How is urolithiasis diagnosed?

If your dog is showing the physical signs described above, your veterinarian will do an analysis of his/her urine (urinalysis) to look for crystals and also for a bacterial infection, which is commonly seen with this condition. Many stones can be seen with x-rays; some (especially urate uroliths) will only show up with contrast radiography.  Ultrasound can generally detect stones of all types.                   

A DNA test is available to detect cystinuria in Newfoundlands, making it possible to identify affected, carrier, and clear animals.

For the veterinarian: Types of uroliths vary in radiodensity. Calcium oxalate uroliths are usually obvious on radiography; urate uroliths may be radiolucent and therefore require contrast radiography or ultrasonography.

How is urolithiasis treated?

A combination approach is usually needed. Stones are often small and numerous. Larger ones may be removed surgically - this is preferred if your dog is in pain or the stone is blocking the ureter or a kidney. Stones may also be fragmented by laser shockwaves, so they are small enough to be passed in the urine. The medical approach is to dissolve the stones gradually by changing the pH of the urine, ie. making it more or less acidic (depending on the type of stone) through medication and changes in diet.  Special diets also result in a larger volume of more dilute urine, making it easier for a dog to pass the stones. Your veterinarian will monitor your dog's progress through periodic radiographs and analysis of the urine over the period of time the stones are dissolving (which can take some months). Some types of stones are more amenable to dissolution than others.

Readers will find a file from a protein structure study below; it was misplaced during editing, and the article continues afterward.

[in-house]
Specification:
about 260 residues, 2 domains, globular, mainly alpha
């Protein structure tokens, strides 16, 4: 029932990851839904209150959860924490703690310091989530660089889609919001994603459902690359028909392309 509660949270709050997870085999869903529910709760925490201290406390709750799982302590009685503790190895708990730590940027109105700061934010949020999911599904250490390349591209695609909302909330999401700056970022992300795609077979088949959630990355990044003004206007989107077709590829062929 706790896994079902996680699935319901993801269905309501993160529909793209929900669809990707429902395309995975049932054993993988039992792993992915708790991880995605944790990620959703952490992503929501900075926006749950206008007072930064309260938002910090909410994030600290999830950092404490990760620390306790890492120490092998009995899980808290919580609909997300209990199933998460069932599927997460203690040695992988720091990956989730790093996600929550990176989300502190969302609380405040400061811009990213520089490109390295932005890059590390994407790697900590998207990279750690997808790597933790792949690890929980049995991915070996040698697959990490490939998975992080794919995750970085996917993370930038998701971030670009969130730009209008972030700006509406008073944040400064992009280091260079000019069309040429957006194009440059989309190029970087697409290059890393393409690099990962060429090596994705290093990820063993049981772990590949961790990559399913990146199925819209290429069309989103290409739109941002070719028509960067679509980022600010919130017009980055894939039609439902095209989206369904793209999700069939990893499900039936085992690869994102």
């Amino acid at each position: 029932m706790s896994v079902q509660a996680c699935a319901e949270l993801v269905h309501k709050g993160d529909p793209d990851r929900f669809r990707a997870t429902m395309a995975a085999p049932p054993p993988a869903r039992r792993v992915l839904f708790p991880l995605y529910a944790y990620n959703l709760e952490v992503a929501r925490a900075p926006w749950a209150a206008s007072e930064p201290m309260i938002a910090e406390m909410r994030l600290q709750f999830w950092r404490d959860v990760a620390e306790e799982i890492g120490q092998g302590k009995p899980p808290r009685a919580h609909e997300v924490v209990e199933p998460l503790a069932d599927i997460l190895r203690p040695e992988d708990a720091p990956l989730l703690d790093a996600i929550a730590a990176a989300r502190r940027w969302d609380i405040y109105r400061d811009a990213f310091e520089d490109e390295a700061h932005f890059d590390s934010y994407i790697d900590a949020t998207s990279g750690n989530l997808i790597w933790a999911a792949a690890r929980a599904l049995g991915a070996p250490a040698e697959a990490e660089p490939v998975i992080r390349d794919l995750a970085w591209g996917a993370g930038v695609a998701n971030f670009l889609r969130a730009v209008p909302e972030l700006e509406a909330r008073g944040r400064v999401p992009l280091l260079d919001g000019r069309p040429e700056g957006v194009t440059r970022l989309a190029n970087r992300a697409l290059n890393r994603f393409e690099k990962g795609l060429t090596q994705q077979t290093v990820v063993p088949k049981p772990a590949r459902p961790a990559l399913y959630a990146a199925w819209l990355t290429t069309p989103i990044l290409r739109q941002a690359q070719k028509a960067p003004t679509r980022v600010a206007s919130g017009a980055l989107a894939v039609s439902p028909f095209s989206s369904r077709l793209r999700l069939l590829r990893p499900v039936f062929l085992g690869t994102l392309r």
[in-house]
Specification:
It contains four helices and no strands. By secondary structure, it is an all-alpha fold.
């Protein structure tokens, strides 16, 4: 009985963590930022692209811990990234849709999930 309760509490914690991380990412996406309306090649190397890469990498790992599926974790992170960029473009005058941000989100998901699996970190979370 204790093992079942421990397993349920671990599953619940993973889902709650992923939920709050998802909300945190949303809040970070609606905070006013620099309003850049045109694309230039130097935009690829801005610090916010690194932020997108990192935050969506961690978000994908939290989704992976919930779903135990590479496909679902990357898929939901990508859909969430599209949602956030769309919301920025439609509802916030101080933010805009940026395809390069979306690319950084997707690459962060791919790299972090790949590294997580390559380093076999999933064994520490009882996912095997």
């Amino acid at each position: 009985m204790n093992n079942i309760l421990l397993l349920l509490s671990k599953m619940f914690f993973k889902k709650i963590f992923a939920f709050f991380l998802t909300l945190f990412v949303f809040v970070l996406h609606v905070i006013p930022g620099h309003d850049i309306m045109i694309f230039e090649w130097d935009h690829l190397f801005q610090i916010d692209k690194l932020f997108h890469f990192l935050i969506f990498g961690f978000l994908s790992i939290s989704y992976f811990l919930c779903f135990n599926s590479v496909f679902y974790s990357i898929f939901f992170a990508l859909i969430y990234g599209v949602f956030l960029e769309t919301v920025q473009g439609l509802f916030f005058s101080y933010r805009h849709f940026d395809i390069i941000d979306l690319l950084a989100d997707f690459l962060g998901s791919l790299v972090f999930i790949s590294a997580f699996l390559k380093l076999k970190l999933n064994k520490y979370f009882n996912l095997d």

In all cases of urolithiasis, in addition to paying careful attention to your dog's diet, you can help to reduce the formation of stones by providing lots of fresh water and regular opportunities to urinate, so that urine doesn't accumulate in the bladder allowing time for stones to form. You can increase your dog's water consumption by feeding a canned diet with a high water content, or mixing dry food with water.

Bacterial urinary tract infections are common with urolithiasis, and should be treated promptly.



Ackerman, L. 1999. The Genetic Connection: A Guide to Health Problems in Purebred Dogs.182-186. AAHA Press, Lakewood, Colorado.

Osborne,CA and Finco, DR. 1995. Inherited and congenital disease of the lower urinary tract. In Canine and Feline Nephrology and Urology. p. 681-692.  Williams and Wilkins, Philadelphia.

Lulich, JP, Osborne, CA, Bartges, JW, Polzin, DJ. 1995. Canine lower urinary tract disorders. In E.J. Ettinger and E.C. Feldman (eds.) Textbook of Veterinary Internal Medicine, p. 1833-1861. W.B. Saunders Co., Toronto. -  contains good protocols for management and prevention of the different types of uroliths, including stubbornly recurring ones.

Copyright © 1998 Canine Inherited Disorders Database. All rights reserved.
Revised: November 24, 2003.

This database is a joint initiative of the Sir James Dunn Animal Welfare Centre at the Atlantic Veterinary College, University of Prince Edward Island, and the Canadian Veterinary Medical Association.